Adani breaches Abbot Point sediment levels

The Abbot Point terminal before and after Cyclone Debbie. Source: Supplied

Compliance action may be taken against coal miner Adani after runoff at its Abbot Point facility was found to contain eight times the allowed sediment level.

Queensland's environment department is considering action against Indian mining giant Adani after water released from its Abbot Point facility during Cyclone Debbie contained eight times more sediment than allowed.

Adani was granted a temporary licence to assist with site water management during and after the cyclone that hit north Queensland.

But while it was only authorised to release water with sediment levels of up to 100 milligrams per litre, test samples showed up to 806mg/L of sediment.

Adani claimed none of the runoff had entered nearby wetlands.

"Adani Australia confirms that it advised DEHP of a high sediment level in a sump pond inside the Abbot Point designated area," it said in a statement.

"The ponds are part of the Abbot Point facility's measures to contain run off.

"(Environment department) officers have confirmed to Abbot Point management that there was no evidence of environmental harm post Cyclone Debbie."

But Environment Minister Steven Miles said the department was still investigating whether any of the sediment had leeched into nearby waterways.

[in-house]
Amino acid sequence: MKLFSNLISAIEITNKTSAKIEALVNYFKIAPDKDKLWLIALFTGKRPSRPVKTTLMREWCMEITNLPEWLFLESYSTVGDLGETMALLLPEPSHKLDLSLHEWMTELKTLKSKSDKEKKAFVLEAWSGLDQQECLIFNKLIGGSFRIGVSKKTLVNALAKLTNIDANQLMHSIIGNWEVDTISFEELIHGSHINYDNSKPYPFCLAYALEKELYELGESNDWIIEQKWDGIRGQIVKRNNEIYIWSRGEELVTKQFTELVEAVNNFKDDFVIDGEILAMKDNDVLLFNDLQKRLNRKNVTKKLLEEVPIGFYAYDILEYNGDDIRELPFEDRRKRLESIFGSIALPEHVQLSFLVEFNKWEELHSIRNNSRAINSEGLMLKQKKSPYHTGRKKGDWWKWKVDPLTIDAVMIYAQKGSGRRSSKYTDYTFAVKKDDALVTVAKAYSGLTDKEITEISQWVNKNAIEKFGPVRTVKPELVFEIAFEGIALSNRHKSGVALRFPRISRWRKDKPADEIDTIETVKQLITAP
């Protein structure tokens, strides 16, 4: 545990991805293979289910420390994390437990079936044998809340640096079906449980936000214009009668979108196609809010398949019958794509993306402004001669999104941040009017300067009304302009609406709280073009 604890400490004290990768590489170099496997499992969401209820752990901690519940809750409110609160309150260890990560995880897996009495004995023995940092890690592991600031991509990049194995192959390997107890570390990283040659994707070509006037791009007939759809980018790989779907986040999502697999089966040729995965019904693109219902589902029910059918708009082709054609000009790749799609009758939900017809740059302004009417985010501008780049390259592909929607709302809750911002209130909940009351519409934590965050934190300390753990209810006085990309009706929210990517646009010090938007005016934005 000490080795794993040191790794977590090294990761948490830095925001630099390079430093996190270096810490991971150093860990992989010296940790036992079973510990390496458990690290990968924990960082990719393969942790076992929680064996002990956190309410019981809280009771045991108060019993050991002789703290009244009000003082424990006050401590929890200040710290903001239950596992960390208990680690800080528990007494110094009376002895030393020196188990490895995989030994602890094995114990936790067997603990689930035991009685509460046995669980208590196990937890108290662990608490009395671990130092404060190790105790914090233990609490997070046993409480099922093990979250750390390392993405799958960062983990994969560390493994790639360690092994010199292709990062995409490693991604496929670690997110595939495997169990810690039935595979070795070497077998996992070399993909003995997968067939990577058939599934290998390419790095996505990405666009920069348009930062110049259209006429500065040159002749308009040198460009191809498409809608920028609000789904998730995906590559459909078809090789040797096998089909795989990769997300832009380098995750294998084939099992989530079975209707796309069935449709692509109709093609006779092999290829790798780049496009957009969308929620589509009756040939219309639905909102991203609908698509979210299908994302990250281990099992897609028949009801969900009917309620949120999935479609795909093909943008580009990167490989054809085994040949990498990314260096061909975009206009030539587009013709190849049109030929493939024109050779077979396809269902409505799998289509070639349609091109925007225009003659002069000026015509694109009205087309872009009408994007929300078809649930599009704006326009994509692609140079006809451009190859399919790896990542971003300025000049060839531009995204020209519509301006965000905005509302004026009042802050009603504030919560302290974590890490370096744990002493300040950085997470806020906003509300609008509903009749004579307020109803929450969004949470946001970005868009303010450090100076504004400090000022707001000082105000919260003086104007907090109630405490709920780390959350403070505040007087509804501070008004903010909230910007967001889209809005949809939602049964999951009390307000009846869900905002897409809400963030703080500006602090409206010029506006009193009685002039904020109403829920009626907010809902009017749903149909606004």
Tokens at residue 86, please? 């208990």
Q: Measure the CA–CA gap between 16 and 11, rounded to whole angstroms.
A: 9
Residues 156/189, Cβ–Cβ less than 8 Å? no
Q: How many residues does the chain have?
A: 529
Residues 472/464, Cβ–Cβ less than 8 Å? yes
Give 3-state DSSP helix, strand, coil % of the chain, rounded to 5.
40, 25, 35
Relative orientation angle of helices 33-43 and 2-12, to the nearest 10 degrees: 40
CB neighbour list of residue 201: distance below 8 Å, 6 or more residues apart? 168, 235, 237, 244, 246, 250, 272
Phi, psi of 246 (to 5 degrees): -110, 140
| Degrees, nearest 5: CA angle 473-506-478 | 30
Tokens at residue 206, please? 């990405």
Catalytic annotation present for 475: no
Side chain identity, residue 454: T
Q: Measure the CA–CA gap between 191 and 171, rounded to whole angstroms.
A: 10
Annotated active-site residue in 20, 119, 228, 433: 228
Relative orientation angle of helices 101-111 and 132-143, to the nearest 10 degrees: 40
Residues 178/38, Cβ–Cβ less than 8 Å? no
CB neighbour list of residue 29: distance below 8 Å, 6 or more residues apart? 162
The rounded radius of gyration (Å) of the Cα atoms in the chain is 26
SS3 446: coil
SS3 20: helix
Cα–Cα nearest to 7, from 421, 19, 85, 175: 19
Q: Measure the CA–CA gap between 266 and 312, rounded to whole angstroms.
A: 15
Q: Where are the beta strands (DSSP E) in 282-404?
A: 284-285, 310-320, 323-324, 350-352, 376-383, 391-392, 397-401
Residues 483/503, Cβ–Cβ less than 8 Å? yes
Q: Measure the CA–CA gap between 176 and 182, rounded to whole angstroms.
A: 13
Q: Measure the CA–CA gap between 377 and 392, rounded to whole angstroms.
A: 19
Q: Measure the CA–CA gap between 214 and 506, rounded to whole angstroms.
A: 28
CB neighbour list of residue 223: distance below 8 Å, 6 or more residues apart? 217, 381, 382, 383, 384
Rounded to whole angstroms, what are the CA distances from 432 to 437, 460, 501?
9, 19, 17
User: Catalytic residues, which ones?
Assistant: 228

"The initial report is based on Adani's sampling, the environment department has since done its own sampling and tests on, I think, two different occasions," Mr Miles said on Thursday.

"Those samples are now with the lab and the department will no doubt make its decisions once that information is available."

Companies breaching a Temporary Emissions Licence like the one granted to Adani face fines of $2.7 million even for accidental breaches, and up to $3.7 million for "wilful breaches".

Environmental groups have previously expressed concerns about the impact the Abbot Point terminal would have on the local environment.

Greens leader Richard Di Natale said the breach was the equivalent of "driving 300km/h in a school zone."

"We just say to the federal government, who are proposing to hand over a billion dollars of taxpayer money, think very carefully before you do that," Senator Di Natale told reporters in Brisbane.

"Stop that mine going ahead, because if that mine does go ahead, this is a taste of things to come."

Final test results are due to be released next week.

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